Daniel O'Connell's

Irish, Pub
$$$$ ($25-$34)
'

Editorial Review

Mega-Pub
O'Connell's is a better place to drink than to eat

By Walter Nicholls
Washington Post Magazine
Sunday, Sep. 17, 2006

* 1/2 (out of four)

The owners of Daniel O'Connell's call their whopping, 8,200-square-foot establishment that opened in March "a modern Irish restaurant in an ancient Irish setting." Named for a 19th-century Irish patriot and located at the foot of Old Town, it's not a sticky-floored, beer guzzler's dive by any means. A more fitting description might be: an expensive, Irish-influenced mega-pub that promises diners on its menu cover page an opportunity to "experience the culinary arts of Ireland as they are today!"

Built of old woodwork from Dublin watering holes, O'Connell's features four bars on two levels and more nooks and crannies than a Thomas' English Muffin. It's a fun spot for friends to gather in comfortable surroundings. The friendly and accommodating staff can steer singles to plenty of noise and action or offer a couple a table for two away from the din. In fine weather, the small second-floor balcony dining area is particularly attractive for intimacy. And at the rear of that floor is the cutest bar for four in the region.

Certainly, there are suds, with 11 beers on draft, including the flavorful, smooth Smithwick's red ale. If it's wine you want, the thoughtful, novice-friendly list offers moderately priced bottles that hail from four continents, arranged according to light-, medium- and full-bodied categories.

The kitchen is under the leadership of executive chef Arra Lawson, a native of Perry, Ga., who, I'm told, has never been to Eire. His last gig was cooking at the Pentagon for the dining room reserved for three-star generals and up. And I would wager he'd be thrown in the brig if he'd served the well-traveled brass the dry, poor-quality French bread that lands on my table at O'Connell's.

And then there are the overwrought entrees, presented on enormous square plates, which strive for elegance but scream for attention like a wail from songstress Sinead O'Connor. Dish after dish of inconsistently cooked meat or seafood is buried under an assortment of frilly garnishes and encircled by squirt-bottle sauces.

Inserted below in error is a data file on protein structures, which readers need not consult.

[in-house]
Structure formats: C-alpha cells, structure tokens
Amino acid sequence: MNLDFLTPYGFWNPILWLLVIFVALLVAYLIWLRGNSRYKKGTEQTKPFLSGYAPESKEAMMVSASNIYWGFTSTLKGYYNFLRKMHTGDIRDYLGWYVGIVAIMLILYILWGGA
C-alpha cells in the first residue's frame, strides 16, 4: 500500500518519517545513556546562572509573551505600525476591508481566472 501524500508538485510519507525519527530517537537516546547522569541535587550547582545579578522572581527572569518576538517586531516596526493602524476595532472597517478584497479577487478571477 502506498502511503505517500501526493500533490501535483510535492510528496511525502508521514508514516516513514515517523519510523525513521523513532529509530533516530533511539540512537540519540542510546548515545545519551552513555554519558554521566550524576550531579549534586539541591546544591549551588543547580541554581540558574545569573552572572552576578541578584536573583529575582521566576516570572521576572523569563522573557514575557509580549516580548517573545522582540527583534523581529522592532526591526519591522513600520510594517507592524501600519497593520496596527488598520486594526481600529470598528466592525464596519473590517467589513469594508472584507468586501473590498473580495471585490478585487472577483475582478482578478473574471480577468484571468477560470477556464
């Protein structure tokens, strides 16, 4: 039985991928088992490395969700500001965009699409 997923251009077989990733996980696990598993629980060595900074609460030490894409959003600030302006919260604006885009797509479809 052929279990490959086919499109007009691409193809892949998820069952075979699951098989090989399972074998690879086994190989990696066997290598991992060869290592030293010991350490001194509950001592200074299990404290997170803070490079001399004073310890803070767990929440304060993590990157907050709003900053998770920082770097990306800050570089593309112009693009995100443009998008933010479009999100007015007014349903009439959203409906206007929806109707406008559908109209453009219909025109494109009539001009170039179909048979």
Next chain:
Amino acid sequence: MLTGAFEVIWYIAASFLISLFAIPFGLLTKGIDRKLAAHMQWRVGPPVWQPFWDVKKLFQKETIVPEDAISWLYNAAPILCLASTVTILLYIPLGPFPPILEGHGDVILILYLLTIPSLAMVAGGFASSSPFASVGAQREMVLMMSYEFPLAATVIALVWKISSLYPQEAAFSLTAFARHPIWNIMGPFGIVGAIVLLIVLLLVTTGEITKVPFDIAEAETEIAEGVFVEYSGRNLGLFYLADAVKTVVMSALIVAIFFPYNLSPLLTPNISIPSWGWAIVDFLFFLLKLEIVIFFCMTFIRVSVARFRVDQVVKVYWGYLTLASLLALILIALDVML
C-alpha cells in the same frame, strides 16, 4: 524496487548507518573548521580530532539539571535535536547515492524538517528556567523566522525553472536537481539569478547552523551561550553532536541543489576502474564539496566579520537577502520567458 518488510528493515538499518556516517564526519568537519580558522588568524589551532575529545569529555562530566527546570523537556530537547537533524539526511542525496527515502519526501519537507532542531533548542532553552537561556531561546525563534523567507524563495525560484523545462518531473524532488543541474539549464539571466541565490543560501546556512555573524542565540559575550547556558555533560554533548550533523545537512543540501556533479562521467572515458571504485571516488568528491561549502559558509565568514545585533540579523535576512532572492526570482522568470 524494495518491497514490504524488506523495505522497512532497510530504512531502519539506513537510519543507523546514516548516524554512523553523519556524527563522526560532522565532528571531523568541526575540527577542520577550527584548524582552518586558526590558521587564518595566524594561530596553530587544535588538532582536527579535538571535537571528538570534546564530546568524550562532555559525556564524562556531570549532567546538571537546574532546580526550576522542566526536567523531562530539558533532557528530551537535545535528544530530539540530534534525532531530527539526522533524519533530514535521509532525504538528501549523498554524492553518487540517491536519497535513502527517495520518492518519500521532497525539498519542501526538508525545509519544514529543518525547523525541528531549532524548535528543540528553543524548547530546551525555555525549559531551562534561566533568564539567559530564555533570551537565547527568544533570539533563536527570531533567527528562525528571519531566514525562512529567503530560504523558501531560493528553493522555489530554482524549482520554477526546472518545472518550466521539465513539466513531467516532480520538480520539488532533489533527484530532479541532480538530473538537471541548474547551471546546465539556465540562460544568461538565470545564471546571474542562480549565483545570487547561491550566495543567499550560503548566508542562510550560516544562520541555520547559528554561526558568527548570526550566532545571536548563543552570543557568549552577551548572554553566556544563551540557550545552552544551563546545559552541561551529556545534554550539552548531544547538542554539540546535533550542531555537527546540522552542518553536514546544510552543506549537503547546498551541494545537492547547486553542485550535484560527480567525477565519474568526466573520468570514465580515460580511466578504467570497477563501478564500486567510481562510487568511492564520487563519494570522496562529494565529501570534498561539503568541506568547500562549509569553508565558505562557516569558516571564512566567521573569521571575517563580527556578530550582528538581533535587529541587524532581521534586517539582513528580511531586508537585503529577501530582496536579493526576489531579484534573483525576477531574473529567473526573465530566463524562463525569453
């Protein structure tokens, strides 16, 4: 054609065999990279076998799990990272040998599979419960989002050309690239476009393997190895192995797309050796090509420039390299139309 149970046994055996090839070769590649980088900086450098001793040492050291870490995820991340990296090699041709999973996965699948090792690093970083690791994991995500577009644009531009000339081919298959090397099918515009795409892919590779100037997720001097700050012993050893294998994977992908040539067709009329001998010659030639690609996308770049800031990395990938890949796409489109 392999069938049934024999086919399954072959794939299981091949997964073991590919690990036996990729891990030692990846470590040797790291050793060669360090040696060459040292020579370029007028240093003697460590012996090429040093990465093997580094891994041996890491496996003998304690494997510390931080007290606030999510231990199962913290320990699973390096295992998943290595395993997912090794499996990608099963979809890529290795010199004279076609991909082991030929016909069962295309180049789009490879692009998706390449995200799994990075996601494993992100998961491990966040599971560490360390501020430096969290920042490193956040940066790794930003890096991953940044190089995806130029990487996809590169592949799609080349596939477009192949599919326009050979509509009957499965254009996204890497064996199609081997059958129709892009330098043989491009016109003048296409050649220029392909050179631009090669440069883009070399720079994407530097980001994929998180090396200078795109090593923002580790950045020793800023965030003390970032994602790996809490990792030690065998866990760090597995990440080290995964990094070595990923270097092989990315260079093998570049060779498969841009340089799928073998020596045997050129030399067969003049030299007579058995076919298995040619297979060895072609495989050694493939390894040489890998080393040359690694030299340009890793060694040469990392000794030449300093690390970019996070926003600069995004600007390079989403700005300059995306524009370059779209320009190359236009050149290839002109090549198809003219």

Take, for example, the arty entree called, simply, breast of duck. Overcooked gray slabs of the bird come with a swag of spicy chutney on one side and a sweet fruit sauce on the other. There's a tangle of micro-greens here and a slice of kiwi and some blackberries there. Let's not forget the several sprigs of curly frisee on top, nor the three whole chives tossed about for emphasis.

There are some good things on the menu. In the starter category, the best may be the two-bite, crispy crab croquettes of fresh lump meat served with a tarter-than-sweet honey mustard dressing. Still, at three little balls for $15, there is an ouch factor. I enjoy the four substantial Pacific prawns that dangled from the rim of a martini glass filled with a tangy cocktail sauce that keep me dipping. The idea of grilled black-and-white pudding pizza sounds intriguing. It turns out to be a nice pie with a paper-thin cracker crust, sprinkled with bits of goat cheese, caramelized onions and flavorful ground sausage.

Far less successful: a boring, unseasoned potato leek soup and a Caesar salad composed of limp greens soaked in what tastes like thinned mayonnaise and topped with mealy, sweet croutons. Boy, is it bad. A far better choice is the red romaine salad, with its lovely, crisp leaves, chunks of tart apple, a little bacon, summer tomato and a light, creamy blue cheese dressing. For some reason, my fried favorite, fish and chips, is listed with the appetizers. I'm no fan, though, when a full-size portion of good cod comes covered with soggy batter on top of droopy, room-temperature french fries.

When it's time for the main course, diver scallops are plump, perfectly cooked and have a briny essence that speaks of the sea. But on the same plate, here we go again with the silly sauces. Grilled salmon, a fine-size fillet, is moist and flaky and, thankfully, sauce-free. I'll pass on the lifeless, dry, striped bass that swims in a pool of sweetened citrus juice. And it's never again for the equally arid roast chicken, although I do like the ramekin filled with rich, chickpea cassoulet with a crunchy, bread crumb crust that came alongside.

The Irish love their lamb. Yet this Irishman isn't wowed by lamb chops that are heavily charred and too chewy. (But then, as my County Kerry-born mother would say, "that's why God gave us teeth.") The former rack arrives next to a, sort of, shepherd's pie tower, where the flavors are right but the mashed potatoes are stone cold. Oh, I should mention the chops are $35. I had better luck with a cooked-to-order, deeply seared and succulent rib-eye steak that nearly fills the big square plate. It's large enough to share with a pal.

Side dishes are ordered separately. Normally, I don't care for creamed spinach, but I liked this little portion of whole baby leaves in a broth and cream medley. An adult version of macaroni and cheese, seasoned with fresh basil, is salty but satisfying as well.

The desserts aren't worth the calories, aside from, perhaps, sorbet. There is a cheese plate from the old country with farmhouse selections. But then you might not have room if you ate your garnishes.